The paradisal island of Lampedusa. Where North Africa meets Rome. Home of postcard vistas, white sand beaches, and the site of the most devastating debris washing up on the shore.
When Anders Lustgarten’s Lampedusa opened at Soho Theatre in early April, few knew it referred to the nearest EU territory to the African coast, let alone an Italian island of great beauty. Currently the EU are wrangling with policy decisions that will save or condemn refugees and settlement quotas for the survivors, highlighting that this is an issue that will not go away. Soho Theatre will bring back this important, and horrendously current play about the human stories behind the headlines, from Tuesday 30 June to Saturday 25 July, partnering with Guardian Live in a series of workshops, panel discussions and digital events.
Stefano (Ferdy Roberts) is an Italian coastguard whose main job is to pull the bodies of drowned migrants out of the Mediterranean. Denise (Louise Mai Newberry) is a payday loan collector in Leeds, who tramps from door to door hearing complaints about immigration and the jobs crisis. In a story of divide and rule, two strangers strive to find human connection in a world of separation. This is the story of two Europes: one that people are desperate to enter and one that people are desperate to keep for themselves.
‘The home secretary, Theresa May, has said that Britain will not participate in a proposed mandatory EU programme to resettle migrants rescued trying to cross the Mediterranean to Europe, indicating that some should be forcibly returned.’ theguardian.com (13 May 2015)
Lampedusa is by award-winning playwright Anders Lustgarten (If You Don’t Let Us Dream, We Won’t Let You Sleep, A Day at the Racists, Black Jesus) and directed by Steven Atkinson, Artistic Director of HighTide Festival Theatre (peddling, Bottleneck, Lidless). The play produced with dramaturgical support from Soho Theatre’s Associate Director Nina Steiger is a co-production with HighTide Festival Theatre where it will play 10 – 20 September followed by a run at the Unity Theatre 24 September – 3 October.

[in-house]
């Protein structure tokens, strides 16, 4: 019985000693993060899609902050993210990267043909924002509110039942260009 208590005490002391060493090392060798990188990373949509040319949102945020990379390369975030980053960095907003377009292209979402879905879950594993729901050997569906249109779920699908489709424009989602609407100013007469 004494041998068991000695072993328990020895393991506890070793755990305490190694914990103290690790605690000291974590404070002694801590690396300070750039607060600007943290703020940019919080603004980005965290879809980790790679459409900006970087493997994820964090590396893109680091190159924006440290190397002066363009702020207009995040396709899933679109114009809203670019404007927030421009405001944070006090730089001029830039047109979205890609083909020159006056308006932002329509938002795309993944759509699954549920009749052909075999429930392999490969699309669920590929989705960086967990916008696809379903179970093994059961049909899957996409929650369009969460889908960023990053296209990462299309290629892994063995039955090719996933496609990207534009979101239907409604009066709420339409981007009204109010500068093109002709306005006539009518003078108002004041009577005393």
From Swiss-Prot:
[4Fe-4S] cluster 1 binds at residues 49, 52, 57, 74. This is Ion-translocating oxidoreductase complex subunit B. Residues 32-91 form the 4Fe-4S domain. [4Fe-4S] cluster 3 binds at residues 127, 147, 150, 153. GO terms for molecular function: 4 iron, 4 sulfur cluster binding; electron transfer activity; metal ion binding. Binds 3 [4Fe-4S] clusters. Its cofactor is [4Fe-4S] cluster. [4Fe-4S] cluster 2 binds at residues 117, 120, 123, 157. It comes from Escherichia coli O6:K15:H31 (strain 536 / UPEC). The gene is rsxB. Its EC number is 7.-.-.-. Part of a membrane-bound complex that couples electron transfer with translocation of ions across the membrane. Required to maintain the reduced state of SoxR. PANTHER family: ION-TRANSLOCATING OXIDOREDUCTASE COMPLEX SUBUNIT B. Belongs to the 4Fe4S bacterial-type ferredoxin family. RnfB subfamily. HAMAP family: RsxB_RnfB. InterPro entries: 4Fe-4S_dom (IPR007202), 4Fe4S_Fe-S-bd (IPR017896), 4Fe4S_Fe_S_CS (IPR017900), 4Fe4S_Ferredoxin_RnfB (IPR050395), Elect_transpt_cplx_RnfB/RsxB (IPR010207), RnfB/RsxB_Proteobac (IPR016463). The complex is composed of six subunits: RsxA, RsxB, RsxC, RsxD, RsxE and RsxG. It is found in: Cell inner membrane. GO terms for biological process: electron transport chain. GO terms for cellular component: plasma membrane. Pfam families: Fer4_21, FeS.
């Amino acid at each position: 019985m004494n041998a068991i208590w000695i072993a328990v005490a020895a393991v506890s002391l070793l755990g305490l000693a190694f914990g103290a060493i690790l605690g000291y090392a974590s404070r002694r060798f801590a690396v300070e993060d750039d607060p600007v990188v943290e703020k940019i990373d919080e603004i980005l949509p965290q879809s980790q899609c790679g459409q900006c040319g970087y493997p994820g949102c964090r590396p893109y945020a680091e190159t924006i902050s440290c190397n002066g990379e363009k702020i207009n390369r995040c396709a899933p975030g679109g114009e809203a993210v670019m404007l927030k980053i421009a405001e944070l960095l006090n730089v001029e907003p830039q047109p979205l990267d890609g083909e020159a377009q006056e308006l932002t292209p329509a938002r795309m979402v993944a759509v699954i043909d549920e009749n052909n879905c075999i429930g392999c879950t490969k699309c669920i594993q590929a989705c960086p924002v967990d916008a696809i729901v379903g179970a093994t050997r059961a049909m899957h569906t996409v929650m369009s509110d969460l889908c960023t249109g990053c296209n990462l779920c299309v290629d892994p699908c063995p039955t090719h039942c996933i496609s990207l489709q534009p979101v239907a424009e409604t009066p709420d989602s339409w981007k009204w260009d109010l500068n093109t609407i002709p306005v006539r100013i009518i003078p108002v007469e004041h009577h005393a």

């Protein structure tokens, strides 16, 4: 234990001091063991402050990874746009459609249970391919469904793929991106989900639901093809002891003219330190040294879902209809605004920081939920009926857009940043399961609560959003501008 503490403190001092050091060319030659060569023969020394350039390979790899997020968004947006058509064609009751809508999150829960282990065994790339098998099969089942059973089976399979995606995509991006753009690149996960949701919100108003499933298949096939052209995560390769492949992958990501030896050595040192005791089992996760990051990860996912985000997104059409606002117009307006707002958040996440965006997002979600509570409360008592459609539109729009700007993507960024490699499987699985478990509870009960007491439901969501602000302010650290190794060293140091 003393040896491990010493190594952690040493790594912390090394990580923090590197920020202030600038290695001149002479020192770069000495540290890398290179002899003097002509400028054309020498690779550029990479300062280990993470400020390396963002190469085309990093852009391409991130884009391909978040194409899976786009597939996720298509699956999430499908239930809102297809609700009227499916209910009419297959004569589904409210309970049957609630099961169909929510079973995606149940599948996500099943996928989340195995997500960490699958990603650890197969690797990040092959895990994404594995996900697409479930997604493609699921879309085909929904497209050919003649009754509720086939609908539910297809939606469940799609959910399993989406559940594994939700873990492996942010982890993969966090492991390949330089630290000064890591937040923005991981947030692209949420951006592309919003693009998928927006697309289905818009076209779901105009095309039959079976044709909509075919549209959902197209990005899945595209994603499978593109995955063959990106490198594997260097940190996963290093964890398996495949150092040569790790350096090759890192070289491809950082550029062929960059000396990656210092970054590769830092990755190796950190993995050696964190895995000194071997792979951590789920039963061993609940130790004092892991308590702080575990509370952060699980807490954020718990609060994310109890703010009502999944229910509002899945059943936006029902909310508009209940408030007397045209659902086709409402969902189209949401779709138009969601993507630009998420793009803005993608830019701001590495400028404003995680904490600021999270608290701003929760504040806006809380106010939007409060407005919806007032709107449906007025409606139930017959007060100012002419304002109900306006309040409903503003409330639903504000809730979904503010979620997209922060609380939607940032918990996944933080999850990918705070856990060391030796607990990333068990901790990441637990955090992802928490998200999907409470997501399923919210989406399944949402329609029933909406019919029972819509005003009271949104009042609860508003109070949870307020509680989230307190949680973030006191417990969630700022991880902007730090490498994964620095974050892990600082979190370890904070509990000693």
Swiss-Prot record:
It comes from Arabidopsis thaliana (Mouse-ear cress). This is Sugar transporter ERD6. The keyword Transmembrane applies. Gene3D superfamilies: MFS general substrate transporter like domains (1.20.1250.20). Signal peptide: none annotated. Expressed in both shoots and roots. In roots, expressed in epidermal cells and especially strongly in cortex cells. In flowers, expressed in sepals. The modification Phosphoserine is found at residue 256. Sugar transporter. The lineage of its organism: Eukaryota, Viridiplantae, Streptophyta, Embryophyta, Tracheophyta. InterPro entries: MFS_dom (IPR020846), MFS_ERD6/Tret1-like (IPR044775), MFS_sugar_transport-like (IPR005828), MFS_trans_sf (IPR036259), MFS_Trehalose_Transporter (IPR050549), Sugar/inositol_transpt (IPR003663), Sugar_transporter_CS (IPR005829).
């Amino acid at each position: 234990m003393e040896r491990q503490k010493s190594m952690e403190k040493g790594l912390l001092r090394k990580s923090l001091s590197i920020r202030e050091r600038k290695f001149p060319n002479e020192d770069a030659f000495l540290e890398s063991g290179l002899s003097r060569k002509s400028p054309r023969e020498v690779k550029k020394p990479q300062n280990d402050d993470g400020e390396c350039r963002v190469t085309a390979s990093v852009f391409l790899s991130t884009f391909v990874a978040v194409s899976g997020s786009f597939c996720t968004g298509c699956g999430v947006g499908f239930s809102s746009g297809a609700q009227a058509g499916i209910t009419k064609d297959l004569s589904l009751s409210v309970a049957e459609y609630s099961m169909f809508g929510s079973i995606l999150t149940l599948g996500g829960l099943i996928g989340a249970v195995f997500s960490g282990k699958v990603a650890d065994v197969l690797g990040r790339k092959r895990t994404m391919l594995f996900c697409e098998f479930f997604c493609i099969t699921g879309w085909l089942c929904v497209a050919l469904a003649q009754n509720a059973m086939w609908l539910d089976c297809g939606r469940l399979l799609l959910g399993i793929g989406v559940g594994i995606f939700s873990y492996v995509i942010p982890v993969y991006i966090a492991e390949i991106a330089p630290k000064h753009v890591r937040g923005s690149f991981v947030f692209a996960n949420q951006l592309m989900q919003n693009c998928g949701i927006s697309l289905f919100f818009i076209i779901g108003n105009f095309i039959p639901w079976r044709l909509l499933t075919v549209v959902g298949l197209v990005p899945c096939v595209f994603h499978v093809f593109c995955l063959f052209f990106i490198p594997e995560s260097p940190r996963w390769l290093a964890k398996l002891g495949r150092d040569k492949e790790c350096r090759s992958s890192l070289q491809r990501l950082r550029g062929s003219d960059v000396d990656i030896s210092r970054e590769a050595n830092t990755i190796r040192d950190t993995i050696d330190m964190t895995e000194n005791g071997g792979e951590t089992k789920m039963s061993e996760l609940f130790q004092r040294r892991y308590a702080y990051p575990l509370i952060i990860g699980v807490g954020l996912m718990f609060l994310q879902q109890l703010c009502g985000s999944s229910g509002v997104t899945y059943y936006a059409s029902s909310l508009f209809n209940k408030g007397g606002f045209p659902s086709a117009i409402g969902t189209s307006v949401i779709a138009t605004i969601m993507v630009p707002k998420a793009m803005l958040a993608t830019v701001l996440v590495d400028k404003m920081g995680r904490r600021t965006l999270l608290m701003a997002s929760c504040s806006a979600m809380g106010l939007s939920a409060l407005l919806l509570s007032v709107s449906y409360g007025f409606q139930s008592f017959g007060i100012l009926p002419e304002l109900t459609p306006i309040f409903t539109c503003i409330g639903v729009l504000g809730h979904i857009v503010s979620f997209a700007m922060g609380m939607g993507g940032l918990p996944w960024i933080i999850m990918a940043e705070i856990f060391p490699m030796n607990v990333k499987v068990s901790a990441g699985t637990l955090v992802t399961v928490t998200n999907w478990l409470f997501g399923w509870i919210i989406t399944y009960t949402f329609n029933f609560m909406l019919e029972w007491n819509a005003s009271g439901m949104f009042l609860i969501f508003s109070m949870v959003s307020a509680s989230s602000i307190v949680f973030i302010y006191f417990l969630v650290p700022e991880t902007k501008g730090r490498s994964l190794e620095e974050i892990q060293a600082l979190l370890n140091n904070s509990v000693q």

‘Essential…heartening’ ★★★★ Financial Times
‘Brave, bold and moving’ ★★★★ Guardian
‘Powerfully affective’ ★★★★ Independent
On Lampedusa, writer Anders Lustgarten, said: “This election was fought over who can kick the poor hardest. In the midst of all this toxic crap about immigrants and spongers, this play gives a human voice to the victims of demonisation. But it also tries to understand the pressures on the people who have to enforce the rules.”
In 2014, 4,000 people drowned taking huge risks to cross the Mediterranean. The government responded by eliminating support for the only rescue programme remaining. Already in 2015 over 1,700 have suffered the same fate and many more people are destined to drown as a result of EU foreign policy.
Louise Mai Newberry’s recent roles include The Snow Dragon (St James Theatre), Pick-Ups (Bush Theatre) and Pericles (The Factory). Ferdy Roberts was most recently in Shakespeare in Love (West End) and Pigeons, Talk Show, The President Has Come to See You (all for the Royal Court). He is also Co-Artistic Director of Filter Theatre and Associate Artist at the Lyric Hammersmith.
‘The death of 900 refugees – we have to use that blanket term because we don’t know the names of the dead, and I suspect we never will – in the Mediterranean over the weekend was not a “tragedy”. The word tragedy implies an accidental calamity. An unfortunate confluence of space and time. There was nothing accidental about the deaths of The 900. They were killed as a direct – and deliberate – act of government policy. EU policy. And British government policy.’ Dan Hodges Politics blog telegraph.co.uk (20 April 2015)
By Anders Lustgarten
Tuesday 30th June to Saturday 25th July, 7.15pm (Saturday matinee, 3pm)
Tickets: £20 (concessions £15)
Duration 70 minutes
Wednesday 20th May 2015